H7N9 Influenza Could Be The Next Big Flu Pandemic

Image from pinkycloud.com

As the weather gets colder, we start preparing for winter and what it has in store for us. Part of that preparation, for some of us, includes getting our annual flu shot to prevent any untimely delays in our productivity. For many of us, the flu is a common part of our lives that we deal with when it comes. For some others, it is a big problem that can lead to fatal consequences.

What most of us do not consider is the potential for a flu season to become pandemic. Looking at pandemics and deadly flu strains of the past, scientists are using what we know to understand current flu viruses that can become huge threats around the world. One such threat is the H7N9 influenza virus, which scientists are observing with great interest to see if it can become a pandemic strain and how we can stop it from happening.

The Common Influenza

The flu is a contagious respiratory illness caused by an influenza virus. It ranges from mild to life-threatening as death can occur. There is a seasonal vaccine for it to help mitigate the worse conditions. People with the flu generally experience fevers, coughs, aches, sore throat, fatigue, and other symptoms that vary between individuals and severity of flu. It is generally held that people contract the flu virus from other infected individuals, via coughs or sneezing, or from infected surfaces, like doorknobs or toys. Those at high risk of the flu are children, the elderly, and individuals with compromised immune systems, like those with HIV/AIDS.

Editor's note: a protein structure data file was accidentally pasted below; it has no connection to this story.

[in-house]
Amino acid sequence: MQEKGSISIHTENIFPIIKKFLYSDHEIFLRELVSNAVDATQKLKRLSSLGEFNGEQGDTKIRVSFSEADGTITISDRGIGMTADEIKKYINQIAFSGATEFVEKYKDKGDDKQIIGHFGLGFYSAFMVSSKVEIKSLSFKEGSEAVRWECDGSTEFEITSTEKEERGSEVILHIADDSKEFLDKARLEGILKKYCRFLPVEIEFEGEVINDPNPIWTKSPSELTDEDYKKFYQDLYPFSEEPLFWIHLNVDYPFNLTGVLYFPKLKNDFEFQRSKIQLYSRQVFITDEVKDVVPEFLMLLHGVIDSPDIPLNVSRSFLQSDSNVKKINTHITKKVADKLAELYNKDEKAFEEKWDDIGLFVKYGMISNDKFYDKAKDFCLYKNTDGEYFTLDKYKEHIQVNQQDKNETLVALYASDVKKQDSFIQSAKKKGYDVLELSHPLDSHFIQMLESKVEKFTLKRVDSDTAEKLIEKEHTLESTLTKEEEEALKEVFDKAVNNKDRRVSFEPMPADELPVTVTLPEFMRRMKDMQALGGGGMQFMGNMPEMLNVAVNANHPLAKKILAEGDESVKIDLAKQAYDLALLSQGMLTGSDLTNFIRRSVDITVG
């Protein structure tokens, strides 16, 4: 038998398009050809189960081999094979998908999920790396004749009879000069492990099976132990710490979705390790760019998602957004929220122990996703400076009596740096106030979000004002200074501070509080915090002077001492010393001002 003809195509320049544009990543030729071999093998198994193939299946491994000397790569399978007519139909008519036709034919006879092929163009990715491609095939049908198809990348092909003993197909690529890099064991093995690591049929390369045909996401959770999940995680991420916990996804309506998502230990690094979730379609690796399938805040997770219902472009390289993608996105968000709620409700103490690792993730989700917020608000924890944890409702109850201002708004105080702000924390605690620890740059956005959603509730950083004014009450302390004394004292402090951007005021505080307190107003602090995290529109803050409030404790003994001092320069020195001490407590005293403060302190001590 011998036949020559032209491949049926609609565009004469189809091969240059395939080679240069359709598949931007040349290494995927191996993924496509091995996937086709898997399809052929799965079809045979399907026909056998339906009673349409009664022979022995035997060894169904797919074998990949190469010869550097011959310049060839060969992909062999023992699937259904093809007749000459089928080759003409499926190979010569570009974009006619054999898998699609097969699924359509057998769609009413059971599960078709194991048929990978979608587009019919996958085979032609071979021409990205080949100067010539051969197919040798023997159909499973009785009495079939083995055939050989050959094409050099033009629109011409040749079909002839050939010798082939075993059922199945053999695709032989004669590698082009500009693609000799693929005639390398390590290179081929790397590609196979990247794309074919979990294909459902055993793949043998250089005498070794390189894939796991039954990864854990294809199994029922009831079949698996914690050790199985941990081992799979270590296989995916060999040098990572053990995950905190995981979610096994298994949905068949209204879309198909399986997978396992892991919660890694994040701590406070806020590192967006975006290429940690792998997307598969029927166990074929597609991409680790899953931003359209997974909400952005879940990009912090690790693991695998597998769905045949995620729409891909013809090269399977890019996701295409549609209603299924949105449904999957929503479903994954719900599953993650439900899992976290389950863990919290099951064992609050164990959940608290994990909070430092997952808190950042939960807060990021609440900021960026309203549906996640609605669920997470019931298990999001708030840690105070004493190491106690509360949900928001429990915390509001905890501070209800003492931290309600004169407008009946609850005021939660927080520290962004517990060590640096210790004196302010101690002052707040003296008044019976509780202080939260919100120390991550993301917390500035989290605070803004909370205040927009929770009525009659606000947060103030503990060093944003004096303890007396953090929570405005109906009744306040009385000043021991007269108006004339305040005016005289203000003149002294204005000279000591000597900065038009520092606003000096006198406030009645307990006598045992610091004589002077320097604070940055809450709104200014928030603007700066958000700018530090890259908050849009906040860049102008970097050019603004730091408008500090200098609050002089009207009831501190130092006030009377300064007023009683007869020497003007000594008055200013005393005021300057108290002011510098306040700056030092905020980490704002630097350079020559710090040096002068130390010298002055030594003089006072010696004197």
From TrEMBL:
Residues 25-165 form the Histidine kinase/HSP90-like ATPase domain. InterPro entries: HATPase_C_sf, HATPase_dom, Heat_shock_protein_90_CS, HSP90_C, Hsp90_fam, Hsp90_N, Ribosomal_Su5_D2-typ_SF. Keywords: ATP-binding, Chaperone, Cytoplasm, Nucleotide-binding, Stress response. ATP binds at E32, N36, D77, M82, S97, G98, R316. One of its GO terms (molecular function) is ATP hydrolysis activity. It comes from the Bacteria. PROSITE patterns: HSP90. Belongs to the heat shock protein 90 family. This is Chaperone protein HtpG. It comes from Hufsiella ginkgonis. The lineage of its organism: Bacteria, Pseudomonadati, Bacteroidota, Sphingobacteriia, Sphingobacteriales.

For most of us, the flu is a minor inconvenience that we have to deal with sometimes or if we are vaccinated, may not have to deal with at all. For others, it can be a big problem. The Center for Disease Control and Prevention (CDC) estimates that 9.2 million to 35.4 million individuals contract the flu virus annually. Of those that are infected, 140,000 to 710,000 are hospitalized because of severe strains of the flu or complications that occur. The flu virus could make existing conditions, like asthma or diabetes, much worse. It could also result in sinus or ear infections and pneumonia in some individuals. Since 2010 the CDC estimates that 12,000 to 56,000 individuals die annually because of the flu and its associated complications. It is for these reasons that it is highly recommended that individuals get the vaccine and do not become part of these harrowing statistics.

The vaccines themselves are not always effective because they generally work, on average, 50% of the time. The reason for this is a main characteristic of the flu viruses: they continually change. The flu viruses change via “drift” or “shift”. During “drift”, the virus accumulate genetic changes slowly over time until it is unrecognizable by an immune system that recognized its previous version. “Shift” is a dramatic and quick change that alters the genetics of the virus greatly, making it also unrecognizable by the immune system. These changes are the main reason why we have to get vaccines annually and why they are not completely effective. Researchers behind the vaccine must use existing data about flu viruses and their changes as well as statistical data on how those changes might occur in the future to select strains of a virus that is most likely to occur and build a vaccine around that. They are sometimes very accurate, mildly accurate, and sometimes very inaccurate.